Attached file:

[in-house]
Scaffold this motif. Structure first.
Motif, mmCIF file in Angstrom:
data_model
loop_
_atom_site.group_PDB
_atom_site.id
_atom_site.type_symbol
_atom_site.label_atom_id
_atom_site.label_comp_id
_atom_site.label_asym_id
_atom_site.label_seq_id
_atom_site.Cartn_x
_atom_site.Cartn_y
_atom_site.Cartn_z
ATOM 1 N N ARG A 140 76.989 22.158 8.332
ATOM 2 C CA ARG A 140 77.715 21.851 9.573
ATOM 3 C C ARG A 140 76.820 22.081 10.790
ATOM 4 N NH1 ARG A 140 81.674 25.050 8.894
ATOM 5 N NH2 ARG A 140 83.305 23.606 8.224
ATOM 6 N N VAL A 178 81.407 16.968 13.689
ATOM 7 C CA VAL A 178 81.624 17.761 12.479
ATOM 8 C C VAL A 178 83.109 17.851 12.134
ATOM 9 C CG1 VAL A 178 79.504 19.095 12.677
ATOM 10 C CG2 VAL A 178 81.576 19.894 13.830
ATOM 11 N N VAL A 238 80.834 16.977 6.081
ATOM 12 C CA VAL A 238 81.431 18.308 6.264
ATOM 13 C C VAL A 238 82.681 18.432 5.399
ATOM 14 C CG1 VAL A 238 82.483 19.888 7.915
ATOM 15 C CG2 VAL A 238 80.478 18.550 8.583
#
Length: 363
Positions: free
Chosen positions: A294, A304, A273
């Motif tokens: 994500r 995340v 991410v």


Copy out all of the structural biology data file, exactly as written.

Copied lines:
[in-house]
Scaffold this motif. Structure first.
Motif, mmCIF file in Angstrom:
data_model
loop_
_atom_site.group_PDB
_atom_site.id
_atom_site.type_symbol
_atom_site.label_atom_id
_atom_site.label_comp_id
_atom_site.label_asym_id
_atom_site.label_seq_id
_atom_site.Cartn_x
_atom_site.Cartn_y
_atom_site.Cartn_z
ATOM 1 N N ARG A 140 76.989 22.158 8.332
ATOM 2 C CA ARG A 140 77.715 21.851 9.573
ATOM 3 C C ARG A 140 76.820 22.081 10.790
ATOM 4 N NH1 ARG A 140 81.674 25.050 8.894
ATOM 5 N NH2 ARG A 140 83.305 23.606 8.224
ATOM 6 N N VAL A 178 81.407 16.968 13.689
ATOM 7 C CA VAL A 178 81.624 17.761 12.479
ATOM 8 C C VAL A 178 83.109 17.851 12.134
ATOM 9 C CG1 VAL A 178 79.504 19.095 12.677
ATOM 10 C CG2 VAL A 178 81.576 19.894 13.830
ATOM 11 N N VAL A 238 80.834 16.977 6.081
ATOM 12 C CA VAL A 238 81.431 18.308 6.264
ATOM 13 C C VAL A 238 82.681 18.432 5.399
ATOM 14 C CG1 VAL A 238 82.483 19.888 7.915
ATOM 15 C CG2 VAL A 238 80.478 18.550 8.583
#
Length: 363
Positions: free
Chosen positions: A294, A304, A273
């Motif tokens: 994500r 995340v 991410v």